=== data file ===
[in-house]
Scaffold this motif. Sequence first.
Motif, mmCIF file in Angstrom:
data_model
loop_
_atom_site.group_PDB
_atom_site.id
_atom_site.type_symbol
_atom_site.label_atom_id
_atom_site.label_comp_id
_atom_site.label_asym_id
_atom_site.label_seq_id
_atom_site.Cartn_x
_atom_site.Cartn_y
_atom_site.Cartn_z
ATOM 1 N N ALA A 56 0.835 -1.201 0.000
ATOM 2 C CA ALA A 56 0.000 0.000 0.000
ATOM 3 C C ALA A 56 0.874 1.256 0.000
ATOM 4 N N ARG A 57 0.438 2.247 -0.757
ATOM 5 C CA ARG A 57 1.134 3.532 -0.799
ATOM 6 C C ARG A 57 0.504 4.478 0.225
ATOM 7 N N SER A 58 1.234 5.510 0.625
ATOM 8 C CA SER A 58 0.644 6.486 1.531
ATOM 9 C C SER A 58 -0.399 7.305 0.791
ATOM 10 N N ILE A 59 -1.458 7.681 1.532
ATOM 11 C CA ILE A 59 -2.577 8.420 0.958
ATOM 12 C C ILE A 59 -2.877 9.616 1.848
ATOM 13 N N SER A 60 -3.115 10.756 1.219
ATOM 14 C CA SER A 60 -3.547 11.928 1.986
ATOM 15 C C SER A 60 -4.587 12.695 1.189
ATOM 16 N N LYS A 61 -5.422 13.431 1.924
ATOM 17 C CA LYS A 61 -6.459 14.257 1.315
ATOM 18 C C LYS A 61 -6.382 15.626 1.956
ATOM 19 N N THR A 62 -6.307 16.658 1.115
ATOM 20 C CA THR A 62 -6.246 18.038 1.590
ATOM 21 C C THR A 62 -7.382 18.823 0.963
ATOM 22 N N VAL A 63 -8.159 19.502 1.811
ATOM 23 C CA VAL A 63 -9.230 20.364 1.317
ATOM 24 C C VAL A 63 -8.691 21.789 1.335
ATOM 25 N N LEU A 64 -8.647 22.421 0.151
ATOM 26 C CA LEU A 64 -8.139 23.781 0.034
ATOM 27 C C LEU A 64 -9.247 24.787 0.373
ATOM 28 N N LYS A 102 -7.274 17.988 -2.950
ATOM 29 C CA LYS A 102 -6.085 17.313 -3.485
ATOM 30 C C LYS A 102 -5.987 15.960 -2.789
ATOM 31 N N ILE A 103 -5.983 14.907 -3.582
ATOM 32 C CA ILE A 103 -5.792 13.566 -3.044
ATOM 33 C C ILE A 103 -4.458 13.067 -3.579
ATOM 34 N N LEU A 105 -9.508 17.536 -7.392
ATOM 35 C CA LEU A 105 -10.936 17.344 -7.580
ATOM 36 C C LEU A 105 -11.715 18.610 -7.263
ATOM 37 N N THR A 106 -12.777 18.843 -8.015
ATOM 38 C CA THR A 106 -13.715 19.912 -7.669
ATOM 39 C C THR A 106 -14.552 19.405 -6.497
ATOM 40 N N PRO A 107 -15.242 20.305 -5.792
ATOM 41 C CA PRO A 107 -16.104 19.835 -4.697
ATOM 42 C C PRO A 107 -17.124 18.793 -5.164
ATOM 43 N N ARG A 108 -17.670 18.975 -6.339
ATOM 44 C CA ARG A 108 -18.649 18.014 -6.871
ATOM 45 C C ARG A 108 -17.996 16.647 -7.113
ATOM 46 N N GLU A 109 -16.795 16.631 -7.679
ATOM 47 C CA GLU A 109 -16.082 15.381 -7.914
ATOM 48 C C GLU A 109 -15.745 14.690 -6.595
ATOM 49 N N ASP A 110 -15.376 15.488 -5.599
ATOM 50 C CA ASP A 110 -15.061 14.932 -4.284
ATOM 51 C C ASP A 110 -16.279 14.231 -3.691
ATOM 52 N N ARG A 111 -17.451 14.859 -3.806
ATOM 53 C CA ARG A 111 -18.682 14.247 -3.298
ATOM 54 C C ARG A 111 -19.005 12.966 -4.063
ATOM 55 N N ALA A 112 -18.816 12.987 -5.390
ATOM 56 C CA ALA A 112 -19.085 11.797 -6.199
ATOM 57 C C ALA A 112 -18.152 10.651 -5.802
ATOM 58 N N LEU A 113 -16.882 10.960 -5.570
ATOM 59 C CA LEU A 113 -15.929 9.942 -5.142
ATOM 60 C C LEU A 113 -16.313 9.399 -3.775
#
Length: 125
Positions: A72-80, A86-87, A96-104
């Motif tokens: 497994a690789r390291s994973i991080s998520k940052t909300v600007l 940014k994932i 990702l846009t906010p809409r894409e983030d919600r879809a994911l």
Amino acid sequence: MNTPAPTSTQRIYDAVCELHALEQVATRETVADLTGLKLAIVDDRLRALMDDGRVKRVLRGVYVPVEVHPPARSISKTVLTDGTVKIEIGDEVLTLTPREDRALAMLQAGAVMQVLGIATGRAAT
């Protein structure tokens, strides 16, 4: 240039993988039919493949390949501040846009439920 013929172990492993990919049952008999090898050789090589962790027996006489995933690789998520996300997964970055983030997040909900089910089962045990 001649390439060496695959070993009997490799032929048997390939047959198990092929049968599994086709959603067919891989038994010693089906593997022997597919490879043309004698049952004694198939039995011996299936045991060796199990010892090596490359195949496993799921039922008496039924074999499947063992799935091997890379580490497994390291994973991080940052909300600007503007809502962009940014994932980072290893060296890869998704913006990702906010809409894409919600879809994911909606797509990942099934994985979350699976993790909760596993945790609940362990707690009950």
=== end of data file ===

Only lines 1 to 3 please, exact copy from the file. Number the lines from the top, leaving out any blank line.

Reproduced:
[in-house]
Scaffold this motif. Sequence first.
Motif, mmCIF file in Angstrom: